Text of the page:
Superpower Geographies

Mind Map by , created over 4 years ago

Key themes and case studies for the Superpower Geographies section of Edexcel A2 Geography Unit 3

Created by jamesnchlsn over 4 years ago
Geography Unit 1, World at Risk Compulsory Case Study 3 - Impact of climate change on the Arctic region
Holly Lovering
World at Risk: Disaster hotspots - the Philippines
Holly Lovering
Virtue Ethics Edexcel A Level
Accounting Definitions
Tess Morris
Devices That Create Tension.
Energy Security
Energy Futures
Caitlyn Grayston
Using GoConqr to study geography
Sarah Egan
Globalisation Case Studies
A2 Geography- Energy Security
Superpower Geographies
1 Superpower Influence
1.1 Economic
1.1.1 Wealth allows 'export' of power, purchase of resources and influence over trade
1.1.2 5 of top 10 richest companies from USA (776 of top 2000)
1.1.3 Role of TNCs in overseas markets
1.2 Military
1.2.1 Military force has historically been major influence in determining political power
1.2.2 45% of global military spending by USA Nuclear weapons Personnel Satellites Intelligence & Espionage
1.2.3 'P5' permanent members of UN Security Council (USA, China, Russia, UK, France)
1.3 Cultural
1.3.1 Dominant culture of a nation adopted/ or respected by other nations.
1.3.2 Americanization Often largely brand driven
1.3.3 Can be a source of economic power and influence
1.3.4 Religion
1.3.5 Food
1.3.6 Music
1.3.7 Technology
1.4 Geographical
1.4.1 physical sphere of influence a superpower has
1.4.2 Russia's size (+14 borders) gives it more dominance in Arctic and more gas reserves
1.4.3 USA has large sea borders owith control over Pacific and Atlantic
2 "a country with the capacity to project dominating power anywhere in the world, sometimes in more than one region at a time."
3 Criteria
3.1 SIZE
3.1.1 = more resources, wealth & larger economy
3.1.2 More neighbours (e.g. Russia: 14)
3.2.1 Economic growth requires sufficient number of workers
3.2.2 Cheap labour promotes growth (e.g. NICs)
3.2.3 Larger population gives greater presence on international markets (e.g. EU)
3.2.4 But some countries have promoted significant growth with limited pop. (e.g. Singapore, Monaco)
3.3.1 Countries with resources necessary for economic growth in theory gives significant power
3.3.2 ...but not necessarily powerful... May export with little added value Control by foreign TNCs Profits go offshore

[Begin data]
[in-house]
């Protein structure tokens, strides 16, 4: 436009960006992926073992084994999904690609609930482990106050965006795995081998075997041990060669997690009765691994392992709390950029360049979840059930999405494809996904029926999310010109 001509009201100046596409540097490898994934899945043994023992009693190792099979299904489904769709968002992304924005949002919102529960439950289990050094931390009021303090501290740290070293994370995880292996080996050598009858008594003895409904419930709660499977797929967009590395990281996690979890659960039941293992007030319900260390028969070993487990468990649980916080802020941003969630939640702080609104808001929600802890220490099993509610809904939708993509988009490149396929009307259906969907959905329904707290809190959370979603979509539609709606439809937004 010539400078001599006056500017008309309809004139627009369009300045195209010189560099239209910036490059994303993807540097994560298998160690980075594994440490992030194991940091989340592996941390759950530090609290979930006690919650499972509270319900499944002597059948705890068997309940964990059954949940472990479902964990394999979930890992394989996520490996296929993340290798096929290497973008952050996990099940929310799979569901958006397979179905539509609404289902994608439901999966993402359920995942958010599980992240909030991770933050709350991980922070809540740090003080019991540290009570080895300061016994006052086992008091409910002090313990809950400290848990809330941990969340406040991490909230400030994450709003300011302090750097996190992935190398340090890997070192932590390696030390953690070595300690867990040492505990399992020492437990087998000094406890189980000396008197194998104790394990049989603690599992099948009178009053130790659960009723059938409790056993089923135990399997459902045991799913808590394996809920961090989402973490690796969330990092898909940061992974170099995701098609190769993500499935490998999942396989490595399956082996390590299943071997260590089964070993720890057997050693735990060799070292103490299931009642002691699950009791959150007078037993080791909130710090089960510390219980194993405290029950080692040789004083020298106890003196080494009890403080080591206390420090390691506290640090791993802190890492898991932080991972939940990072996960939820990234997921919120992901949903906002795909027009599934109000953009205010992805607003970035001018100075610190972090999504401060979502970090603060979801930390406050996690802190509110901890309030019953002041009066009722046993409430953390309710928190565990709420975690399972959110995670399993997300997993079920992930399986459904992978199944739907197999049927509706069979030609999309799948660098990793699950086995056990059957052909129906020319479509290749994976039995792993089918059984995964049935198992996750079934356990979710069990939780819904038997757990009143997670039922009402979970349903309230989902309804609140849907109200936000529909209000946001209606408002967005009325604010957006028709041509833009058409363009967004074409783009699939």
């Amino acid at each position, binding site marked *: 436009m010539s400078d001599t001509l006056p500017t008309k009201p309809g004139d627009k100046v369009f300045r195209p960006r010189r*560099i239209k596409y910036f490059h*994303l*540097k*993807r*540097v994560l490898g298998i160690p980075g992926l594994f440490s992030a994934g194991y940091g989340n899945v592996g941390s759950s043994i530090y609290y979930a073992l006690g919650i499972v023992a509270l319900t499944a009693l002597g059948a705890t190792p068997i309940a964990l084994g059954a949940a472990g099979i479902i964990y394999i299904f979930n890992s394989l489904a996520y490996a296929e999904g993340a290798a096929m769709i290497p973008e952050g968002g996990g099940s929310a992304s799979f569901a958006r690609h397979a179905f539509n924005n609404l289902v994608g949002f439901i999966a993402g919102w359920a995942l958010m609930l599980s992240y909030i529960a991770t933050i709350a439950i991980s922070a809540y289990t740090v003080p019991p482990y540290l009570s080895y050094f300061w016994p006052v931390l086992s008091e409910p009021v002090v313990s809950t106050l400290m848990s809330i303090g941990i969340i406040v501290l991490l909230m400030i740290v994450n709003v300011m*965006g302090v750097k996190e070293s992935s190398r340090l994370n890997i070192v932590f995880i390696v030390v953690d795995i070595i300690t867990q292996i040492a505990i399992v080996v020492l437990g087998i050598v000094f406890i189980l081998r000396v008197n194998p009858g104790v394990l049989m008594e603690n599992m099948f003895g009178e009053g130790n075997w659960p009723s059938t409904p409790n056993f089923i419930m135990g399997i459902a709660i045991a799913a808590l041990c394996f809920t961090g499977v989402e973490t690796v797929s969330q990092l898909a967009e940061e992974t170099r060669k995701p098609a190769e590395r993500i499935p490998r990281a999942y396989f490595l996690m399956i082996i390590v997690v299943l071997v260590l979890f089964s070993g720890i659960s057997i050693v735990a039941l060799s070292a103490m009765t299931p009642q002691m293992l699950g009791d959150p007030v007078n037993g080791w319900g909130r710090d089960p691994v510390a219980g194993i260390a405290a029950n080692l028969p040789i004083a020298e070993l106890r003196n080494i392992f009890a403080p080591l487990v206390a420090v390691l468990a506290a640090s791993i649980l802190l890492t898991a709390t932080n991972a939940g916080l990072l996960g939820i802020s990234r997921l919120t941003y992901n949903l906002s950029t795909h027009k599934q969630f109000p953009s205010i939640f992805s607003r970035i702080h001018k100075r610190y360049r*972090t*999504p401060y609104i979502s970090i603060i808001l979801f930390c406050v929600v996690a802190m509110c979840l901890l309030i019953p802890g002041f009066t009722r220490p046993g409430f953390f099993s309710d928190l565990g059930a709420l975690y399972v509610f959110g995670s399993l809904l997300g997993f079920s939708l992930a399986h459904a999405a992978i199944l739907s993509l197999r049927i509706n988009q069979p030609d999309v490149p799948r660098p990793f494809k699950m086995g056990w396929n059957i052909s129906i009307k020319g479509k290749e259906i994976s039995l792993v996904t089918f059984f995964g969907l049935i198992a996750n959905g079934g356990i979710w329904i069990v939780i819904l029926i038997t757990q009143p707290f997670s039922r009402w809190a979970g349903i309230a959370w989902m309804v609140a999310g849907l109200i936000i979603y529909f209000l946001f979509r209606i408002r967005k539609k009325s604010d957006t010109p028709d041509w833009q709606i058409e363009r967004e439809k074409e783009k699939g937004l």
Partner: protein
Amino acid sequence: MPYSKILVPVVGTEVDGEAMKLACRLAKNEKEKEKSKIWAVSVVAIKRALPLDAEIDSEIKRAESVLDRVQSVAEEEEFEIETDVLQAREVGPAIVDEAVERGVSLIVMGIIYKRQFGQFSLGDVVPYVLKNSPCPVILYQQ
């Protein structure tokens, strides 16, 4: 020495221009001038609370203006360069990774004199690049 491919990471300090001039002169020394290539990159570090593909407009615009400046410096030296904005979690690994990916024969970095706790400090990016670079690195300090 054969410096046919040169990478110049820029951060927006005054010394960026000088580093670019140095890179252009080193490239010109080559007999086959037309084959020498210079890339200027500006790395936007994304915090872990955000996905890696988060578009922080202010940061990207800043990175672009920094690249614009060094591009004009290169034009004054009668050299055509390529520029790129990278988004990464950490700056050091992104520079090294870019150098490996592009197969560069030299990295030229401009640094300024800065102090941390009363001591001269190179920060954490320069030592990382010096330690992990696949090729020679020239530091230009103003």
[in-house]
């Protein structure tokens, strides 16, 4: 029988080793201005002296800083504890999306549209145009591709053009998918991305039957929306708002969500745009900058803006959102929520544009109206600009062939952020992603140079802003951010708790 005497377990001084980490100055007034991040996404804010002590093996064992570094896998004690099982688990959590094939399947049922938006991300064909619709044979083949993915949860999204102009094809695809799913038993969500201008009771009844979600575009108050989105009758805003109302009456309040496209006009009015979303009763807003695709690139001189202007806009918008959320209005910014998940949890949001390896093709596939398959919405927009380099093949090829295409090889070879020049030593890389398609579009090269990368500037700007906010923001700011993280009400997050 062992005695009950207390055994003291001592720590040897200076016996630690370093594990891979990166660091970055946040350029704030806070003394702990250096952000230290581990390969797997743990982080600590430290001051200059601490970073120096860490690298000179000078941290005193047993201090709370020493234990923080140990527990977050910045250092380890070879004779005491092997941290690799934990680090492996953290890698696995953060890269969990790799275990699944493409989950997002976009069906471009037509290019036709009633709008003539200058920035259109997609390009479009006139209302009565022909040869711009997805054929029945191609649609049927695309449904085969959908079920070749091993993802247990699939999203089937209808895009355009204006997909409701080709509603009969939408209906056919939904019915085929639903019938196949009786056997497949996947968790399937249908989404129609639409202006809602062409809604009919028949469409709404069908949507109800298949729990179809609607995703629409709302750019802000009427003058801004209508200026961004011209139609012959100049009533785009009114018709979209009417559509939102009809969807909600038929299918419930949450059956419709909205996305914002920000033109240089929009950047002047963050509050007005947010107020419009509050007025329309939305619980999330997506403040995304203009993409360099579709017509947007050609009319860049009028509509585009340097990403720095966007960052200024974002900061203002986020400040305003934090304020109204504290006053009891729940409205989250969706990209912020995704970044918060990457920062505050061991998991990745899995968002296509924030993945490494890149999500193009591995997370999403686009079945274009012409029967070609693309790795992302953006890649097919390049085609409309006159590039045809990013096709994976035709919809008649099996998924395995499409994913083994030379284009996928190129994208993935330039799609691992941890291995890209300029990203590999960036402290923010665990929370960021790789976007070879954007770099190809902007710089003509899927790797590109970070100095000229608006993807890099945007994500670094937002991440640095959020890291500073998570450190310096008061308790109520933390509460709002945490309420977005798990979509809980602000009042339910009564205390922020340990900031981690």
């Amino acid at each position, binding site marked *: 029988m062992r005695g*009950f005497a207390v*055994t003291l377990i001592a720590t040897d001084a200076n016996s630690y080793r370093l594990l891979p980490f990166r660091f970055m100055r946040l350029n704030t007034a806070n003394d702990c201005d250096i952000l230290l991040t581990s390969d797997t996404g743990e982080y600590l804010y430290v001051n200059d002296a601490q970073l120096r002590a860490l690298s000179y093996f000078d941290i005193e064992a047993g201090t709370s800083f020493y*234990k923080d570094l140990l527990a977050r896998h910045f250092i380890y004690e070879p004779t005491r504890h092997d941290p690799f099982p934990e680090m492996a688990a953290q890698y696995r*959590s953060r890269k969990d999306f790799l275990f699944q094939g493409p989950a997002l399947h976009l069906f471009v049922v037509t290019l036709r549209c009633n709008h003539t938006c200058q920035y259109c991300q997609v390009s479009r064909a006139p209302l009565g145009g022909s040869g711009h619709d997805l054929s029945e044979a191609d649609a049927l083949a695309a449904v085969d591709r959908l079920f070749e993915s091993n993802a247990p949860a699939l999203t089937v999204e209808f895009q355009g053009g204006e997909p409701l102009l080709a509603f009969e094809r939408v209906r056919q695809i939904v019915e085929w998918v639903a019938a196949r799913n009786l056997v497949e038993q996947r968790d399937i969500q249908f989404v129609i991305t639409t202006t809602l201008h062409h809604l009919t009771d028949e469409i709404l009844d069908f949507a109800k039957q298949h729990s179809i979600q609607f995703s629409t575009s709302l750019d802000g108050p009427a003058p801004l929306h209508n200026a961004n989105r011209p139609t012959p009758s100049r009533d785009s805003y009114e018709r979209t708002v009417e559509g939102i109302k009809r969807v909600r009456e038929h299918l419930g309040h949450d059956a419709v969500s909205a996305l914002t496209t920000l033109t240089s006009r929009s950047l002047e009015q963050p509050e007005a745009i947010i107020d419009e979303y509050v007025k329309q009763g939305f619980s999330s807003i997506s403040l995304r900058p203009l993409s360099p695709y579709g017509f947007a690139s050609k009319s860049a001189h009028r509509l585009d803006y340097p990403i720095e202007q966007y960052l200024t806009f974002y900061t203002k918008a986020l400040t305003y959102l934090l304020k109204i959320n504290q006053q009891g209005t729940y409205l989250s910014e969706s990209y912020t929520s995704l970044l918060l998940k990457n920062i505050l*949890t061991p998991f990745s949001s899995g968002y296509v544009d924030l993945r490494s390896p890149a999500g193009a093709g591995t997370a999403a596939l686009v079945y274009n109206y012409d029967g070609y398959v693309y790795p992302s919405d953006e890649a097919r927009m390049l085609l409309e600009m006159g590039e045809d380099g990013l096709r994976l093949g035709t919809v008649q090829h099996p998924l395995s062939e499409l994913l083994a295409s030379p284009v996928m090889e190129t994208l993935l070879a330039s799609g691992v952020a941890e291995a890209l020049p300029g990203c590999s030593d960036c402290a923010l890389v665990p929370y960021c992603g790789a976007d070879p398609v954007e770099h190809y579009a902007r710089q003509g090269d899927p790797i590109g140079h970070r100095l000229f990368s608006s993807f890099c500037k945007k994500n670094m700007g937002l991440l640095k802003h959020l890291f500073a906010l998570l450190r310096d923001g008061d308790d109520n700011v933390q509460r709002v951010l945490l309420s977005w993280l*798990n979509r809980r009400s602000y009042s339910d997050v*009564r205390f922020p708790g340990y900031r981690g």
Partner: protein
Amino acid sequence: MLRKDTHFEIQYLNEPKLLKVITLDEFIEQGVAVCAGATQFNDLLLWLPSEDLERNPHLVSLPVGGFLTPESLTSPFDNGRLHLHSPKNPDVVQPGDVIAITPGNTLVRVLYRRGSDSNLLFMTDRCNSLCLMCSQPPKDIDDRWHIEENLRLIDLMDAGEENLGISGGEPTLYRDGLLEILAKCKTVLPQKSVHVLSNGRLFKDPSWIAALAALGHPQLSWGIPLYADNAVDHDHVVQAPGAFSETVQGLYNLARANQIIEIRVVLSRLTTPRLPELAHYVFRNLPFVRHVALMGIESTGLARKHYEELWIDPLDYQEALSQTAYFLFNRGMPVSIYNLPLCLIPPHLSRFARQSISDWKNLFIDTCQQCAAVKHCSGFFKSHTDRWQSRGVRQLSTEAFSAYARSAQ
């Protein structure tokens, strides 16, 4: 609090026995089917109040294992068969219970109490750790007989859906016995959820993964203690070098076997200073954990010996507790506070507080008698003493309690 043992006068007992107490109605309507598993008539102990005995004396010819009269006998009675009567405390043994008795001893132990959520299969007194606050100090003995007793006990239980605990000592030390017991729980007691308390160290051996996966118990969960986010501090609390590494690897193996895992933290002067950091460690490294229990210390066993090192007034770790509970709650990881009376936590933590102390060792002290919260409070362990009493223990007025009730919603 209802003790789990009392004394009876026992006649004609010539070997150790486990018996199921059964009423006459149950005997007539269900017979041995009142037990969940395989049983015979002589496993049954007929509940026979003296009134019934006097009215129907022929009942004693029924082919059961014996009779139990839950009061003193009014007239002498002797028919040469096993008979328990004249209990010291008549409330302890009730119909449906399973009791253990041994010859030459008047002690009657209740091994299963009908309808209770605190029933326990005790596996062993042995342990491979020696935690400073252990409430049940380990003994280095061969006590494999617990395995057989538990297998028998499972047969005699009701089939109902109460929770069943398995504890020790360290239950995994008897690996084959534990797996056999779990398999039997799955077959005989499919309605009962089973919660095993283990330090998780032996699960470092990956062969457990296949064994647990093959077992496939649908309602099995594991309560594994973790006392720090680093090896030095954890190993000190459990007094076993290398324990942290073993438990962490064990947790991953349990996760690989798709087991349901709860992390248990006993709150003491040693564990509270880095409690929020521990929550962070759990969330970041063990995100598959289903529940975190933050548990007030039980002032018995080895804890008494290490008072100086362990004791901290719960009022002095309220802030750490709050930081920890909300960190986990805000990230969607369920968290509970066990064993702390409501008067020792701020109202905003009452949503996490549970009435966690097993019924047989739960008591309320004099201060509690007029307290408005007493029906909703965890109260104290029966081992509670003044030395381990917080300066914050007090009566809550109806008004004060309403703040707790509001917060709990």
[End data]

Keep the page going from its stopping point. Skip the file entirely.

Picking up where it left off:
4 Shifting patterns of power
4.1 Collapse of Soviet Union
4.1.1 1985 late 1980s 1989-1991 States within USSR rebel using new freedoms and claim soverienty 1989: Fall of Berlin wall Economic failure & food shortages President Gorbachev's reforms PERESTROIKA - private ownership of small businesses GLASNOST - freedom of speech
4.2 Colonial rule
4.2.1 British Raj in India Imperialism New Delhi built by British (including 'India Gate' based on Champs-Élysées) Introduction on Indian railways Cultural imperialism Cricket (India's national sport) Tea (taken from China and grown in India) English language INDEPENDENCE Financial pressures post-WW2 Anti-colonial movements (e.g. Gandhi) Wider break up of British Empire 15th August 1947
4.2.2 IMPERIALISM - a relationship of political, economic or cultural control between two geographical areas.
4.2.3 COLONIALISM - the political rule of one nation by another.
4.2.4 COLONISATION - the physical settling of emmigrants from a colonial power in a colony.
4.2.5 HEGEMONY - indirect imperial control by indirect power (and threat of intervention), rather than by direct force.
4.3 "emerging powers"
4.3.1 Emergence of BRICs Brazil, Russia, India, China are emerging powers Also Mexico and Gulf states verge on this group Very diverse - only China capable of rivalling USA MINTs Mexico, Indonesia, Nigeria, Turkey Term coined by Jim O'Neill in 2014
4.3.2 Rapid growth
4.3.3 Large populations
4.3.4 Regional influence
4.3.5 Market economies
4.3.6 Key resources
4.3.7 Manufacturing sector
4.3.8 Theories for superpower growth Modernisation Theory (Rostow's Model)

Attachments: Developed in 1960s based on study of 15 European countries Suggested all countries have potential to 'break free' of poverty and develop in five linear stages. Traditional Society Pre-conditions for take off Take off Drive to maturity High mass consumption consumerism; goods; tertiary sector diversification; innovation; investment; independence industrialisation; investment; regional growth; political change surplus; specialisation; trading; infrastructure subsistence; barter; agriculture Outdated (1960s) and oversimplified Assumes all countries start at same level with same resources/population Ignores role of aid in leaving traditional society. Aid debt is a burden for take off. Underestimates development of nations at expense of others (colonialism) Former colonies had certain aspects disproportionately accelerated (e.g. Indian parliament) World System theory Economic growth passes through phases based on key new technologies. e.g. 1770-1850: Industrial Revolution; cotton, steam engines; UK e.g. 1945-90: Cold war era; white & consumer goods; Japan & Asian Tigers Accounts for staggered growth of BRICs, MINTs and NICs Immanuel Wallestein Dependency Theory Maintains developed world's 'lifestyle' cheaply and efficiently Developed countries must keep developing world in state of 'underdevelopment' Based on 'failure' of Modernisation theory AG Frank's model based on 'rich vs. poor' attitude Capitalist core provides.... Manufactured goods 'value added' Aid Political ideals Polluting industry Underdeveloped periphery provides... Brain drain Resources & raw materials Political support Debt repayments "development of underdevelopment"
4.4 uni-polar -> multi-polar
4.5 West to East